Rust for Rubyists


FizzBuzz

Of course, the first thing that your job interview for that cushy new Rust job will task you with is building FizzBuzz. Let’s do it!

If you’re not familiar, FizzBuzz is a simple programming problem:

“Write a program that prints the numbers from 1 to 100. But for multiples of three print “Fizz” instead of the number and for the multiples of five print “Buzz”. For numbers which are multiples of both three and five print “FizzBuzz”.”

This will give us a good excuse to go over some basics of Rust: Looping, tests, printing to standard output, and a host of other simple things.

First, a test. This will go in fizzbuzz.rs:

#[test]
fn test_div_by_three() {
    if div_by_three(1) {
        fail!("One is not three");
    }
}

And compile it:

$ rustc --test fizzbuzz.rs
fizzbuzz.rs:3:8: 3:20 error: unresolved name `div_by_three`.
fizzbuzz.rs:3     if div_by_three(1) {
                     ^~~~~~~~~~~~
error: aborting due to previous error

This makes sense: We haven’t defined any functions yet. Let’s define one:

fn div_by_three(num: int) -> bool {
   true
}

#[test]
fn test_div_by_three() {
    if div_by_three(1) {
        fail!("One is not three");
    }
}

Okay. Here’s some new syntax. The num: int says that we take one argument, num, and that it’s of an integer type. The -> bool says that we return a boolean, and the true, well, returns true. Just like Ruby, the value of the last expression gets returned.

You’ll also note we have an if expression. It’s pretty close to what you’d expect, but we have curly braces rather than our friends do/end.

Now that we’ve got that cleared up, let’s compile and run our tests:

$ rustc --test fizzbuzz.rs
fizzbuzz.rs:1:17: 1:18 warning: unused variable: `num`, #[warn(unused_variable)] on by default
fizzbuzz.rs:1 fn div_by_three(num: int) -> bool {
                              ^

running 1 test
test test_div_by_three ... FAILED

failures:

---- test_div_by_three stdout ----
    task 'test_div_by_three' failed at 'One is not three', fizzbuzz.rs:8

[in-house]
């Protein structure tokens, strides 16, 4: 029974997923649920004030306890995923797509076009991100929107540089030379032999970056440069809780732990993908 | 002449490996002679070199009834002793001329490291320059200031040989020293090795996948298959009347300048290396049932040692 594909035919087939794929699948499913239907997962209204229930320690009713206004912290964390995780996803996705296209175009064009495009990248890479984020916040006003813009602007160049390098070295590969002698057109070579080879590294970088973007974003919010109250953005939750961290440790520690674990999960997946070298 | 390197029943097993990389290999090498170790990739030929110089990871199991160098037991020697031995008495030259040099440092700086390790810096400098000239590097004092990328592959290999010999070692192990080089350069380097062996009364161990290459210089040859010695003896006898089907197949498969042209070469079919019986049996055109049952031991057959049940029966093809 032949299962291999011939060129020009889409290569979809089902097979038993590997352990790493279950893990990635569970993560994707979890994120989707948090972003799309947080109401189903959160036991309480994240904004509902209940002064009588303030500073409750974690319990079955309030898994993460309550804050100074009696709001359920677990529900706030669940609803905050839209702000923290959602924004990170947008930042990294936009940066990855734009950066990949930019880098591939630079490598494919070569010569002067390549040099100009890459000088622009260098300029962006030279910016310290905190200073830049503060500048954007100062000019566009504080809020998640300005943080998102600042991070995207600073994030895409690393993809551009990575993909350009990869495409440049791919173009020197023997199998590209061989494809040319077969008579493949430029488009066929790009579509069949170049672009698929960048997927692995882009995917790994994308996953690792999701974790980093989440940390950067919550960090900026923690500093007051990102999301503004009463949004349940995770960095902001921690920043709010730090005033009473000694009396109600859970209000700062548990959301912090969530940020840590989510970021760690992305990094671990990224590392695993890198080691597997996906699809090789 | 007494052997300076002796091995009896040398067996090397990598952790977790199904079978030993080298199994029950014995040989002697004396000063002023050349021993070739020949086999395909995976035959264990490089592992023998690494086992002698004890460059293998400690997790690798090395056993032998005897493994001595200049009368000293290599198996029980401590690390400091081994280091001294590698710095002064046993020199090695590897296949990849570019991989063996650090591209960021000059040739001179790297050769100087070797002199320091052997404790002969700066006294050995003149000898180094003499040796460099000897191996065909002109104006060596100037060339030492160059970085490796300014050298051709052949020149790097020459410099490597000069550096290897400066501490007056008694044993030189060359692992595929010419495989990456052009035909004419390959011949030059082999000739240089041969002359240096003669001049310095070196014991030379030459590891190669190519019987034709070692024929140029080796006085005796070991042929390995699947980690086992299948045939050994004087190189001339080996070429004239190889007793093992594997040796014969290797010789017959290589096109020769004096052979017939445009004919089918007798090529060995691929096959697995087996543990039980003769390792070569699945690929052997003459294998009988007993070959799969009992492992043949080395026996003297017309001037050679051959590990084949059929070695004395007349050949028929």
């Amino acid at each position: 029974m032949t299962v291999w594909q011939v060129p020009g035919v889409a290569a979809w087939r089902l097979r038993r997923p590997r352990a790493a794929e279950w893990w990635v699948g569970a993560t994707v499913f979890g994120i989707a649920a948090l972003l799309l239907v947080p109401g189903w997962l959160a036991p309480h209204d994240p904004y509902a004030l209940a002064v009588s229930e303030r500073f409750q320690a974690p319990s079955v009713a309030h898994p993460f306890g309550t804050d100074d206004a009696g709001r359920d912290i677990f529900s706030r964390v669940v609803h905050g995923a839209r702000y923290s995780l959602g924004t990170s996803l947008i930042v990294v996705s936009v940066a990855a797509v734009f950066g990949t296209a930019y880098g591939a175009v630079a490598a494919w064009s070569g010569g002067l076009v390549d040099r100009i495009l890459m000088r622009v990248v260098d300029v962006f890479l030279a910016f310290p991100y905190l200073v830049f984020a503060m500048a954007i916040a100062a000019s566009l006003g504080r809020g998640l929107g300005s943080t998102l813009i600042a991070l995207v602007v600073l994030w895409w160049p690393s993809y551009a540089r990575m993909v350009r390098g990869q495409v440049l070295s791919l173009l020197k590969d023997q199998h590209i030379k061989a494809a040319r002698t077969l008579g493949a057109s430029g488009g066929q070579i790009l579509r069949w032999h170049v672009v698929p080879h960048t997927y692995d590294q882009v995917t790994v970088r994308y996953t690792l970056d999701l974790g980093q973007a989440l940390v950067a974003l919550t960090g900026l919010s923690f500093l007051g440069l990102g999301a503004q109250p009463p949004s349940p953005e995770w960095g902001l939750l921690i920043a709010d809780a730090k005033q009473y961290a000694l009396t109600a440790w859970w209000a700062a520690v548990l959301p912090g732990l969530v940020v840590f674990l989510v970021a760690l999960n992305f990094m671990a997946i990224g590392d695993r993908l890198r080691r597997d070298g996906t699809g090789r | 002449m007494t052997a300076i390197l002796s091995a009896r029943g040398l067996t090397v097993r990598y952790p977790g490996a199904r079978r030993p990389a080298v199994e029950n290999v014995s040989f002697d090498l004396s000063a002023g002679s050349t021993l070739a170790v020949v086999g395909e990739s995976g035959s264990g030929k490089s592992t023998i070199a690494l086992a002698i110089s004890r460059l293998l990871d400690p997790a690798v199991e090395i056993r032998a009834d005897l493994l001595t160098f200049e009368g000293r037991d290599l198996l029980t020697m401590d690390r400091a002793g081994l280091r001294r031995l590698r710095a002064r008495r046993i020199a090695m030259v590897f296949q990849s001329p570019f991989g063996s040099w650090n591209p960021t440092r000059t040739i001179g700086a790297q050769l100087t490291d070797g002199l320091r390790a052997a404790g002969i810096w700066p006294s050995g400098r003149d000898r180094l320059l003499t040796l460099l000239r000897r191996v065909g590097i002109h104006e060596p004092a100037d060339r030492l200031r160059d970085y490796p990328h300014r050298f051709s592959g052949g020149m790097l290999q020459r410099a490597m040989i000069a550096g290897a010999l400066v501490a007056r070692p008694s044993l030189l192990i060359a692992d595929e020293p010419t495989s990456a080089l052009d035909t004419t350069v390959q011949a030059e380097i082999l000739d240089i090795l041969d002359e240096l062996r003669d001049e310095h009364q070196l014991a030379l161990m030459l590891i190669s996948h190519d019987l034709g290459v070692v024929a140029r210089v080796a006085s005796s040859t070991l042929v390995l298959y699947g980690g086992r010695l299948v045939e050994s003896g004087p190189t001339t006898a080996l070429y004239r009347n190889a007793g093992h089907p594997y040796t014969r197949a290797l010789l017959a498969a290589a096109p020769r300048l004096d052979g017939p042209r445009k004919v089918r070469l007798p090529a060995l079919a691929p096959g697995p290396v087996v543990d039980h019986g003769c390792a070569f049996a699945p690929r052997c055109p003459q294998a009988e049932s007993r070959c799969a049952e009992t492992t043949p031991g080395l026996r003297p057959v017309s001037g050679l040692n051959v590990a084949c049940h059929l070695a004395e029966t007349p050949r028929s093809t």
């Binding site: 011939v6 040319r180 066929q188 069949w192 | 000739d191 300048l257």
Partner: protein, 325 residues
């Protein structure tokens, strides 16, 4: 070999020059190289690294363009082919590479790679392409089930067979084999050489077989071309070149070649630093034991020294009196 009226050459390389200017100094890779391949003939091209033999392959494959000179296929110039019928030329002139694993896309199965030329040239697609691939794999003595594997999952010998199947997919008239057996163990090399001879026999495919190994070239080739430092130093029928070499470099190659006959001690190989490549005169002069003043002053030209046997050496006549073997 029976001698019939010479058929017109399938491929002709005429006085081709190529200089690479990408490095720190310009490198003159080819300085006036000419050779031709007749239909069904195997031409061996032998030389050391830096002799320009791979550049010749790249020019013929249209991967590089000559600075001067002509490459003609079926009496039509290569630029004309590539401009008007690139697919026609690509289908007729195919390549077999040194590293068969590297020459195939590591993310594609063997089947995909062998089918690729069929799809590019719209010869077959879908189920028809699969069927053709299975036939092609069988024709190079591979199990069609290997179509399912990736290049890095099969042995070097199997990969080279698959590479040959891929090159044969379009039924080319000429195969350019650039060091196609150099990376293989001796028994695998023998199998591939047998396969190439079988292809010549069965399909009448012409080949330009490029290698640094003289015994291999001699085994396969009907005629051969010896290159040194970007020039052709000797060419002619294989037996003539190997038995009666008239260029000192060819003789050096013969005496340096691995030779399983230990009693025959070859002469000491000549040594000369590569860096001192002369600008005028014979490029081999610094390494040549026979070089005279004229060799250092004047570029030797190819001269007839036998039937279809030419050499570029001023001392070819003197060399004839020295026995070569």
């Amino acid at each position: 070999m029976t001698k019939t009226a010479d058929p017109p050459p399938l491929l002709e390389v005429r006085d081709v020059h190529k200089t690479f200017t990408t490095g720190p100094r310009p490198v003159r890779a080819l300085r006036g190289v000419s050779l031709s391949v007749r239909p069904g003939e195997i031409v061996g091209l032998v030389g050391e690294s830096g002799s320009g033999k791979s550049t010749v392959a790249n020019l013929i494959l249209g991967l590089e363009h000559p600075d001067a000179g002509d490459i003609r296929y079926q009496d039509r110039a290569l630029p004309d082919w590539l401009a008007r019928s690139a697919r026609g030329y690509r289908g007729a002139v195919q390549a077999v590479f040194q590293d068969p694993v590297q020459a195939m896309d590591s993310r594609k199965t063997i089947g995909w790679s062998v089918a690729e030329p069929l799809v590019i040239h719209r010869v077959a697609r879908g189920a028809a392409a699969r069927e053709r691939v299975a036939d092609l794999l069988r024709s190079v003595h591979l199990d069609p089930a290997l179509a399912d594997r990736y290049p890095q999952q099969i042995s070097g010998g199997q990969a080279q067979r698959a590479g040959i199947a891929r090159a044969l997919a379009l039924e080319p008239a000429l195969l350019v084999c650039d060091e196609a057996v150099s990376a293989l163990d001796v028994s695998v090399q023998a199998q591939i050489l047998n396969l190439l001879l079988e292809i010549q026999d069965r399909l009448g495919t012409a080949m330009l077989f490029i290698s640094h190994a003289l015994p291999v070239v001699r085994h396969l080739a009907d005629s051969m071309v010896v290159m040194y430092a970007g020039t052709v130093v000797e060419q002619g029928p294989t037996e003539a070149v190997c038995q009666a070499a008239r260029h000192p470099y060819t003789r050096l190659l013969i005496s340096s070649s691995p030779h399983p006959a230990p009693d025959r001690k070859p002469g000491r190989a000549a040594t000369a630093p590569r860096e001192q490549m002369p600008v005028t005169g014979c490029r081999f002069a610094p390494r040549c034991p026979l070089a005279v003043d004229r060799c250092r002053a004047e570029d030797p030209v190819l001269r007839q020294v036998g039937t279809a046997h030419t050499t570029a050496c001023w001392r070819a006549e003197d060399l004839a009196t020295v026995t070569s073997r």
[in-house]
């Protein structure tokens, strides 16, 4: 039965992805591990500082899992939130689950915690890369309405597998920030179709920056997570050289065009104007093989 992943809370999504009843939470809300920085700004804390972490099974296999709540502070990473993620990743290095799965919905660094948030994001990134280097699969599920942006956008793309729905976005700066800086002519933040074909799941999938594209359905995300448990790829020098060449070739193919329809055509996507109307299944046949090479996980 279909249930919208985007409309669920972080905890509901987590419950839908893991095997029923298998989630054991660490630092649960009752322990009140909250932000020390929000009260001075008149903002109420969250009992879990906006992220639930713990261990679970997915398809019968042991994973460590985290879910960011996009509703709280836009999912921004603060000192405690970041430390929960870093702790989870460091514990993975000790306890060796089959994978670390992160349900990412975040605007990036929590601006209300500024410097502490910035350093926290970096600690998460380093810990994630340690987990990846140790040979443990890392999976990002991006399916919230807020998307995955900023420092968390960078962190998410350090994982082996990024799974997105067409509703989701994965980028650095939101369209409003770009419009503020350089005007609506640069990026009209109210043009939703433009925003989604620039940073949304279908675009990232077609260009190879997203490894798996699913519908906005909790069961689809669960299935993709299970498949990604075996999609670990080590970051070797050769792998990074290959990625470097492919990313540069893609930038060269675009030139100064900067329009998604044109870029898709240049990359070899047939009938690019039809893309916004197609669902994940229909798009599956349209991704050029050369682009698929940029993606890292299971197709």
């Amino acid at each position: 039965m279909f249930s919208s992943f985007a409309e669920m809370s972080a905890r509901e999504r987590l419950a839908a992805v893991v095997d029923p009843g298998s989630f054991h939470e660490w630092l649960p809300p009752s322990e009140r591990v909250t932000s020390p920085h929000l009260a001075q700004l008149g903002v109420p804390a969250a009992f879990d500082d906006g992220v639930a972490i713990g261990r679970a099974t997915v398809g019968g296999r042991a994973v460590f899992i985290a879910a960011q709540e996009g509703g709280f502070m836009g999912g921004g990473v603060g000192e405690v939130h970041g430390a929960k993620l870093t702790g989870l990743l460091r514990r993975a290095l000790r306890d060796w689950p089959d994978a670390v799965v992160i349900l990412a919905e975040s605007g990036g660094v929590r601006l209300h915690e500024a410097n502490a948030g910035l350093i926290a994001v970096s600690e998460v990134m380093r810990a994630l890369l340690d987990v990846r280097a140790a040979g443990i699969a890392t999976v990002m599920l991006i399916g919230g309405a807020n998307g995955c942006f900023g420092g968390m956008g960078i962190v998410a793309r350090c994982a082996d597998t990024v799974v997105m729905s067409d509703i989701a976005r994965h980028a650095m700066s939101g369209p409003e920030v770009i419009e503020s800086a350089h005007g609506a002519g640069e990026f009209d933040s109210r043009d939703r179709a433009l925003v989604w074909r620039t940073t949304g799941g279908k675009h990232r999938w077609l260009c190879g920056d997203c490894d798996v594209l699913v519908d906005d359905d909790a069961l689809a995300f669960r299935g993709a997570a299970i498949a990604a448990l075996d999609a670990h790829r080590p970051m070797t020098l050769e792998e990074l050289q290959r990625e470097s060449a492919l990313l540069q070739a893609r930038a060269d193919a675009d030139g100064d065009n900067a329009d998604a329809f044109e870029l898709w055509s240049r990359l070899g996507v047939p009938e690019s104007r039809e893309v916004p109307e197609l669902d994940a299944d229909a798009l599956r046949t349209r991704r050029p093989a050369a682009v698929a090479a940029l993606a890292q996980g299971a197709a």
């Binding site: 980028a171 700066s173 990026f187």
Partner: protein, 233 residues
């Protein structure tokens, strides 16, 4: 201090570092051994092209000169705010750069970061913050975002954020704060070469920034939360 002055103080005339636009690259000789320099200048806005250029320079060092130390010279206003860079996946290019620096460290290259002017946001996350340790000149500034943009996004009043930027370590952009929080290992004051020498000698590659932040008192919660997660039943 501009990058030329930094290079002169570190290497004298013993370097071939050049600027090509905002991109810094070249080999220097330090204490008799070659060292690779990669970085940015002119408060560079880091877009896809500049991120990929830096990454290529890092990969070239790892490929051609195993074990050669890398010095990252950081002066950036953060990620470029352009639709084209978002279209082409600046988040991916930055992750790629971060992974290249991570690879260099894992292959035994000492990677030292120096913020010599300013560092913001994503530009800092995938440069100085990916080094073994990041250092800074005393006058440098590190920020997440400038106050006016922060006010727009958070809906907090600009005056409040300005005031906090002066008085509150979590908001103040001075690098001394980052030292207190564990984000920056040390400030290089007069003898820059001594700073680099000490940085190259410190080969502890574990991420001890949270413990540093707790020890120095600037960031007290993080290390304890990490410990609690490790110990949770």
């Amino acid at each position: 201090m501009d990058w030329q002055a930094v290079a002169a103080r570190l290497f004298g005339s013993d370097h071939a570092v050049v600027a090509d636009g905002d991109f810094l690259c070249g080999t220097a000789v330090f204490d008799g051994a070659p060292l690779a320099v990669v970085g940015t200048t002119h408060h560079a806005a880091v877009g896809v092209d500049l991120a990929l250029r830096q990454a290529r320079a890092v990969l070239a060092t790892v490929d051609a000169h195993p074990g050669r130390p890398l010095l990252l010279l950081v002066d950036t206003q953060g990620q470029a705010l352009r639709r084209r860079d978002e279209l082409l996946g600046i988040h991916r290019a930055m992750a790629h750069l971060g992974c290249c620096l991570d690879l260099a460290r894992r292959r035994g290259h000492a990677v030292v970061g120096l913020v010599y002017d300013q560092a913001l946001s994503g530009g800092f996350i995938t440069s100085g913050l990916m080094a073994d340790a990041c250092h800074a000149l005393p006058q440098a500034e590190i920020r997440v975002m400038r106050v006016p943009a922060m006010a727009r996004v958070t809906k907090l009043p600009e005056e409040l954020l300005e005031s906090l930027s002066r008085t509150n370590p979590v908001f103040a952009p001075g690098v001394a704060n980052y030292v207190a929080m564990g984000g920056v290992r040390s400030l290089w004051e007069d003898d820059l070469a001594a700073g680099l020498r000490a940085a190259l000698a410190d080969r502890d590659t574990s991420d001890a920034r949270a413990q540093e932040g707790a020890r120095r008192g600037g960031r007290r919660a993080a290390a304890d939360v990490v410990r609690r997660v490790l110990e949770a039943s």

failures:
    test_div_by_three

test result: FAILED. 0 passed; 1 failed; 0 ignored; 0 measured

task '<main>' failed at 'Some tests failed', /home/steve/src/rust/src/libtest/lib.rs:243

Rust is kind enough to give us a warning: we never used the num argument. We then get our failure, “One is not three”, because we returned true. Now that we have a failing test, let’s make it pass:

fn div_by_three(num: int) -> bool {
   false
}

#[test]
fn test_div_by_three() {
    if div_by_three(1) {
        fail!("One is not three");
    }
}

TDD means do the simplest thing! Compile and run it:

$ rustc --test fizzbuzz.rs
fizzbuzz.rs:1:17: 1:18 warning: unused variable: `num`, #[warn(unused_variable)] on by default
fizzbuzz.rs:1 fn div_by_three(num: int) -> bool {
                              ^

$ ./fizzbuzz
running 1 test
test test_div_by_three ... ok

test result: ok. 1 passed; 0 failed; 0 ignored; 0 measured

Awesome! We pass! We still have that warning, though… let’s write another test, and see what happens:

fn div_by_three(num: int) -> bool {
   false
}

#[test]
fn test_div_by_three() {
    if div_by_three(1) {
        fail!("One is not three");
    }
}

#[test]
fn test_div_by_three_with_three() {
    if !div_by_three(3) {
        fail!("Three should be three");
    }
}
$ rustc --test fizzbuzz.rs
fizzbuzz.rs:1:17: 1:18 warning: unused variable: `num`, #[warn(unused_variable)] on by default
fizzbuzz.rs:1 fn div_by_three(num: int) -> bool {
                              ^


$ ./fizzbuzz
running 2 tests
test test_div_by_three ... ok
test test_div_by_three_with_three ... FAILED

failures:

---- test_div_by_three_with_three stdout ----
    task 'test_div_by_three_with_three' failed at 'Three should be three', fizzbuzz.rs:15



failures:
    test_div_by_three_with_three

test result: FAILED. 1 passed; 1 failed; 0 ignored; 0 measured

task '<main>' failed at 'Some tests failed', /home/steve/src/rust/src/libtest/lib.rs:243

Great! It showed that our first test passed, and that our second one failed. Let’s make both tests pass: